Mr. Colangelo, the prosecutor, walked Mr. McConney through each of Mr. Cohen’s monthly invoices sent to the Trump Organization. The first came via email in February 2017, and Mr. Cohen was direct: “Pursuant to the retainer agreement kindly remit payment,” he wrote Mr. McConney.

Mr. Weisselberg chimed in to approve, emailing Mr. McConney to say that he could release the money for Mr. Cohen, “per agreement with Don and Eric.” That was a reference to Mr. Trump’s adult sons, who took over the company when their father became president.

Mr. McConney then instructed Ms. Tarasoff, to pay and to note the charge in Mr. Trump’s ledger as “legal expenses” that pertained to a “retainer,” the very statements that prosecutors say are false.

He explained that the company’s accounting software had a variety of descriptions for payments, and, “We were paying a lawyer, so I said to put it — posted it to legal expenses.”

Ms. Tarasoff took the stand herself on Monday afternoon to answer questions about the process; her testimony was granular yet essential. With Ms. Tarasoff, prosecutors introduced the checks, which Mr. Trump signed with a black Sharpie.

When cross-examining Mr. McConney and Ms. Tarasoff, Mr. Trump’s lawyers sought to emphasize that the Trump Organization employees were in the dark about the reason for the repayments to Mr. Cohen.

“You don’t know one way or the other, from your vantage point, whether Mr. Cohen did legal work for President Trump in 2017, do you?” Emil Bove, a defense lawyer, asked Mr. McConney. Mr. McConney acknowledged that he did not.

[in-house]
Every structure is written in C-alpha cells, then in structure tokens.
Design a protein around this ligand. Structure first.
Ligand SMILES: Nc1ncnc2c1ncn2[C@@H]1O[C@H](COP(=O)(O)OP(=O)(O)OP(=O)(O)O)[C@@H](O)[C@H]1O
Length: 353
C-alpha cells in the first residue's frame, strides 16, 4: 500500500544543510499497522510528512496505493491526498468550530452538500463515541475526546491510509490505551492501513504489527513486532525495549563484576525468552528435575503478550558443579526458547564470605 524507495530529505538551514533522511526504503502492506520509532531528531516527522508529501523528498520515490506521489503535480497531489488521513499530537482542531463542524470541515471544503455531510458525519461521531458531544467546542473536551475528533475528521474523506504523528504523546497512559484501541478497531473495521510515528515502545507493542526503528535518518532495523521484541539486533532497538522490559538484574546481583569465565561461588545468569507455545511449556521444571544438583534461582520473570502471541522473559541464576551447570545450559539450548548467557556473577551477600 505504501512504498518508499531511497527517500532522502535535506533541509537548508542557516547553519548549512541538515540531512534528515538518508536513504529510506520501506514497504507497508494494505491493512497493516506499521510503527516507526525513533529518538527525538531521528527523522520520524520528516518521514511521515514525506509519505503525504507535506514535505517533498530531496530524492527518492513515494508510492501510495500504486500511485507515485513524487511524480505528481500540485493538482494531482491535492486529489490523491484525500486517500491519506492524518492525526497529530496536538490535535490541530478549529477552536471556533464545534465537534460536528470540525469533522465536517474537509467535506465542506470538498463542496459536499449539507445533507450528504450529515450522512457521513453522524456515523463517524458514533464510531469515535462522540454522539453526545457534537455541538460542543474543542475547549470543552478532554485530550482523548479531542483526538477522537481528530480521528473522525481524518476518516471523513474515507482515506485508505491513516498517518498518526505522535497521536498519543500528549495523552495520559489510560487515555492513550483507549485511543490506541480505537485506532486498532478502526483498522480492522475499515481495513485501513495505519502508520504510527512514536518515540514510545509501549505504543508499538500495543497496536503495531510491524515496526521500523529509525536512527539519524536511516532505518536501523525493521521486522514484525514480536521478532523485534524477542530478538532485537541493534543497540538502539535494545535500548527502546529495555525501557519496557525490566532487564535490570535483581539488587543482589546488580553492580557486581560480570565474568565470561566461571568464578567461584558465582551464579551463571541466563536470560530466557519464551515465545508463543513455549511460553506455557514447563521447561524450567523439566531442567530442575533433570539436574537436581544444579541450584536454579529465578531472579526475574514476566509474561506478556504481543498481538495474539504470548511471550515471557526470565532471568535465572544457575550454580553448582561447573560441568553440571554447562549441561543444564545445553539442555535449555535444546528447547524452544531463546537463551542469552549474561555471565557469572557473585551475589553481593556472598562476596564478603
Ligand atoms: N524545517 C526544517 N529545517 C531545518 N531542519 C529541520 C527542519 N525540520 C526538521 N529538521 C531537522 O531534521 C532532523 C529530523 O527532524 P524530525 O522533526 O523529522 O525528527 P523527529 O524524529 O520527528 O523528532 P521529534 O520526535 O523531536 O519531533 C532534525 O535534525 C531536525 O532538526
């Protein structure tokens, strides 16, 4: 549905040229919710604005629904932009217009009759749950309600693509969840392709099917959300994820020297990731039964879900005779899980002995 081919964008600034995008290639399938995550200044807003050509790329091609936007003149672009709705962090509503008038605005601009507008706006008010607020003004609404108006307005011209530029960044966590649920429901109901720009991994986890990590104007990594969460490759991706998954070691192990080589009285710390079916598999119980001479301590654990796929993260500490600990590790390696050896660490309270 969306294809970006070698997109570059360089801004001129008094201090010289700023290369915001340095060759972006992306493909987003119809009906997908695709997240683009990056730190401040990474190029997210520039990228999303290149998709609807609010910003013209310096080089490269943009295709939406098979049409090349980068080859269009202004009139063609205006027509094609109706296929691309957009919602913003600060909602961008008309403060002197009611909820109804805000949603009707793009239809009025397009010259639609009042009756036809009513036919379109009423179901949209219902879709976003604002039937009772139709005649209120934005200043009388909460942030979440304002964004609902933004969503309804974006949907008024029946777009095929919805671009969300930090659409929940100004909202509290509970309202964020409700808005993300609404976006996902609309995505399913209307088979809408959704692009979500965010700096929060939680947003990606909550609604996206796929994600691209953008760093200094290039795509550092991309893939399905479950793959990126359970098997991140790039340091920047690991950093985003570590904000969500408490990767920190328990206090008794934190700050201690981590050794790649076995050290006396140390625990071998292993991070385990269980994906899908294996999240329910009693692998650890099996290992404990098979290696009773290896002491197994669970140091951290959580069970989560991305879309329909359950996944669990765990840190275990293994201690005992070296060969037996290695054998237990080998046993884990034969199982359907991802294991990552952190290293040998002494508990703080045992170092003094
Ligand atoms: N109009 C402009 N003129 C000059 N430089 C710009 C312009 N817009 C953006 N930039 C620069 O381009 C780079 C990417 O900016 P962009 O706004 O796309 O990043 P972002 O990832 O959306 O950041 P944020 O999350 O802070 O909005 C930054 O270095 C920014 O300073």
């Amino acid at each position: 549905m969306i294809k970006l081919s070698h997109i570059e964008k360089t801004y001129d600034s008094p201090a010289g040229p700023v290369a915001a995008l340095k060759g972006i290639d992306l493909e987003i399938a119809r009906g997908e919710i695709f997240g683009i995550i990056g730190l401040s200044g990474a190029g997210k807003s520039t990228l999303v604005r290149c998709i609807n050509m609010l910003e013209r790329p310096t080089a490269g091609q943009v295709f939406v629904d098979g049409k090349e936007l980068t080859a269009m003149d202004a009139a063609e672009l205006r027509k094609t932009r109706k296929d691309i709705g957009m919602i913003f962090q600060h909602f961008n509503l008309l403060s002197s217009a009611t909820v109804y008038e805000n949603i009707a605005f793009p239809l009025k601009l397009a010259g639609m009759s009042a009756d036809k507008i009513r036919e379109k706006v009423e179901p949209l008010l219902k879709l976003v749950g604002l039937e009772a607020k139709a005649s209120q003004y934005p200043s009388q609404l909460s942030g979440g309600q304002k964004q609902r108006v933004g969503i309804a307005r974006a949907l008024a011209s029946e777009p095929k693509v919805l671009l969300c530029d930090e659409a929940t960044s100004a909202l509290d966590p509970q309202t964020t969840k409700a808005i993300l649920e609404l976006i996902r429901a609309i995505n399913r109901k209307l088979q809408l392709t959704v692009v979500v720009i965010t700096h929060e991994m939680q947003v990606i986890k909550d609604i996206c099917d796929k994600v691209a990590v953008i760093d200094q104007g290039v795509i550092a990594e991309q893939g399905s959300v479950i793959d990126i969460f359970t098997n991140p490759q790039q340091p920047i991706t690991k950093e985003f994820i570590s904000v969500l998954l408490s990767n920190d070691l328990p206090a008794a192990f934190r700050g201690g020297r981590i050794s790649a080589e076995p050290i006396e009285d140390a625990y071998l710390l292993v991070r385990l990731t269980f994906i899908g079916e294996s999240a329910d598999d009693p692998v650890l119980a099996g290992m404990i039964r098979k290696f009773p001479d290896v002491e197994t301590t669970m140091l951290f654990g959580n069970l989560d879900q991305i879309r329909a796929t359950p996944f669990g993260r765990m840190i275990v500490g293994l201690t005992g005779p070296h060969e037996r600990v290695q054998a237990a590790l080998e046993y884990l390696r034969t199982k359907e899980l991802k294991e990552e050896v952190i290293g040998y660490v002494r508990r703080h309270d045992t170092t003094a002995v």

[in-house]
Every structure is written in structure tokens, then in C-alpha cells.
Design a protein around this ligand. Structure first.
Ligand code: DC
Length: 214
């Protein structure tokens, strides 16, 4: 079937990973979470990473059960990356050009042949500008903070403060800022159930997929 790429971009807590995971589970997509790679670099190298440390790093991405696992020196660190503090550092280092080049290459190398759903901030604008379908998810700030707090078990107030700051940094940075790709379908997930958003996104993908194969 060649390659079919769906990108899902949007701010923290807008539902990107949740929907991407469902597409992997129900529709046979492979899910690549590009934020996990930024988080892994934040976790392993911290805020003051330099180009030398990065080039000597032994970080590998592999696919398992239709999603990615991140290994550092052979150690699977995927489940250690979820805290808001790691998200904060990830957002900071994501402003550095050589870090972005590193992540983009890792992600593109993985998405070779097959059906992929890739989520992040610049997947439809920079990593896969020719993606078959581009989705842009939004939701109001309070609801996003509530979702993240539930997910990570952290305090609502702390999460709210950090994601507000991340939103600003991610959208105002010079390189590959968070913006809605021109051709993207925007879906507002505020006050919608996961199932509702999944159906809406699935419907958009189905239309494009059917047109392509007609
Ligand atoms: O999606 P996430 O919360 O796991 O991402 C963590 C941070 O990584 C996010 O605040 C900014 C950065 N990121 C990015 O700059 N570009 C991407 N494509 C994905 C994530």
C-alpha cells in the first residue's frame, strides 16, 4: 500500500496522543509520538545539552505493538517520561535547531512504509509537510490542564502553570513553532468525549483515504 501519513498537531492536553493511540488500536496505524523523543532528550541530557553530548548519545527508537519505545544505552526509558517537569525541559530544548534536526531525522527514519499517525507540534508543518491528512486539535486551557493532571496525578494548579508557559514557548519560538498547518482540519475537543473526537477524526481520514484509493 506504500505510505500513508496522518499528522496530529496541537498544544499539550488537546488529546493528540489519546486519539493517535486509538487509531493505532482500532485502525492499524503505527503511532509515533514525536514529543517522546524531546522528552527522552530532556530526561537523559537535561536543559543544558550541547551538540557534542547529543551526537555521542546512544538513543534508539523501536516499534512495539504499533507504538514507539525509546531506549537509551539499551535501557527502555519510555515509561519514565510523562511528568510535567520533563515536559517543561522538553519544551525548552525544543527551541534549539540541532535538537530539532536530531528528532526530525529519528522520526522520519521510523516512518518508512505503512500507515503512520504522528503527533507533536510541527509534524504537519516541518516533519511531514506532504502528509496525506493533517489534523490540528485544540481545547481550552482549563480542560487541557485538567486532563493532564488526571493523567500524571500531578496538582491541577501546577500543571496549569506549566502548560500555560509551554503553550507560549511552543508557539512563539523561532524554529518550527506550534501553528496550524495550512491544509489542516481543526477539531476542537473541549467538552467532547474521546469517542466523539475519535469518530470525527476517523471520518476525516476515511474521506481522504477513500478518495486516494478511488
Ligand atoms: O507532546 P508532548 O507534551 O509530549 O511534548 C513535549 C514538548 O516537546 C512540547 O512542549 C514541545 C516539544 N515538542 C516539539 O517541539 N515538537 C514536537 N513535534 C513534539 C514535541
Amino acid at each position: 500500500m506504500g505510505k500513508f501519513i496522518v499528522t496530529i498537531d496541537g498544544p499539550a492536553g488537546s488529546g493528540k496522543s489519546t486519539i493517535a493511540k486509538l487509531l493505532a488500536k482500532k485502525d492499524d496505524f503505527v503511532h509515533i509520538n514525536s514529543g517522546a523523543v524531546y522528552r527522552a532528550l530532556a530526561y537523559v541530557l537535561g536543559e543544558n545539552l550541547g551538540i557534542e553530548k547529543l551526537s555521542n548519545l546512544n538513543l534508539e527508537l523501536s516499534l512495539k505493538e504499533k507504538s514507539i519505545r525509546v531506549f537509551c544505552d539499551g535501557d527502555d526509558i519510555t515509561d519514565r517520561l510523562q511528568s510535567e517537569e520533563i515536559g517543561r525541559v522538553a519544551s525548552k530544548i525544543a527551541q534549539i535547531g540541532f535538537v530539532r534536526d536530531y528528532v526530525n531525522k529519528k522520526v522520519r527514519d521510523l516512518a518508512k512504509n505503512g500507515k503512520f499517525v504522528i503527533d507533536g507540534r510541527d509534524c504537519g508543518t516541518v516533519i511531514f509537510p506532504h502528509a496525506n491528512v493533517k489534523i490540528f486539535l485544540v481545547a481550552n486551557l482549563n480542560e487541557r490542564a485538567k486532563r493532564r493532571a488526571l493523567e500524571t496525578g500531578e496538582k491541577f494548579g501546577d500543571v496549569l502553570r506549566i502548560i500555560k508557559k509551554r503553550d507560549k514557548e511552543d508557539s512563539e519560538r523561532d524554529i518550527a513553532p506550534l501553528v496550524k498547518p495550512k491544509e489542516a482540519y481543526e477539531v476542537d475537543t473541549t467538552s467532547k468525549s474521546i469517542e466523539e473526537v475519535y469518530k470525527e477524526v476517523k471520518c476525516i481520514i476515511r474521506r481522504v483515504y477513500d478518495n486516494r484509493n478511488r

But Mr. Colangelo appeared to think Mr. McConney’s ignorance was an asset for the prosecution, not the defense, suggesting that his bosses were operating in secret.

“Have you learned there were matters that Mr. Weisselberg kept you in the dark about?” he asked Mr. McConney, when he got a chance to question him again. Mr. McConney said he had.

Mr. Trump’s lawyers also repeatedly sought to put distance between the former president and the actions described during testimony. Mr. Bove got Mr. McConney, for example, to say that he never discussed the accounting software with Mr. Trump.

And while questioning Ms. Tarasoff, another of Mr. Trump’s lawyers noted that she didn’t receive direct permission from Mr. Trump to draft the checks he signed, but rather from her Mr. McConney, who had been her boss.

Month after month, Mr. Cohen submitted his invoices and was paid. But one month, the payment seemed slow to arrive, and he followed up with Mr. McConney.

“I’ll check the status tomorrow,” Mr. McConney replied. “DJT needs to sign check.”

Kate Christobek and Wesley Parnell contributed reporting.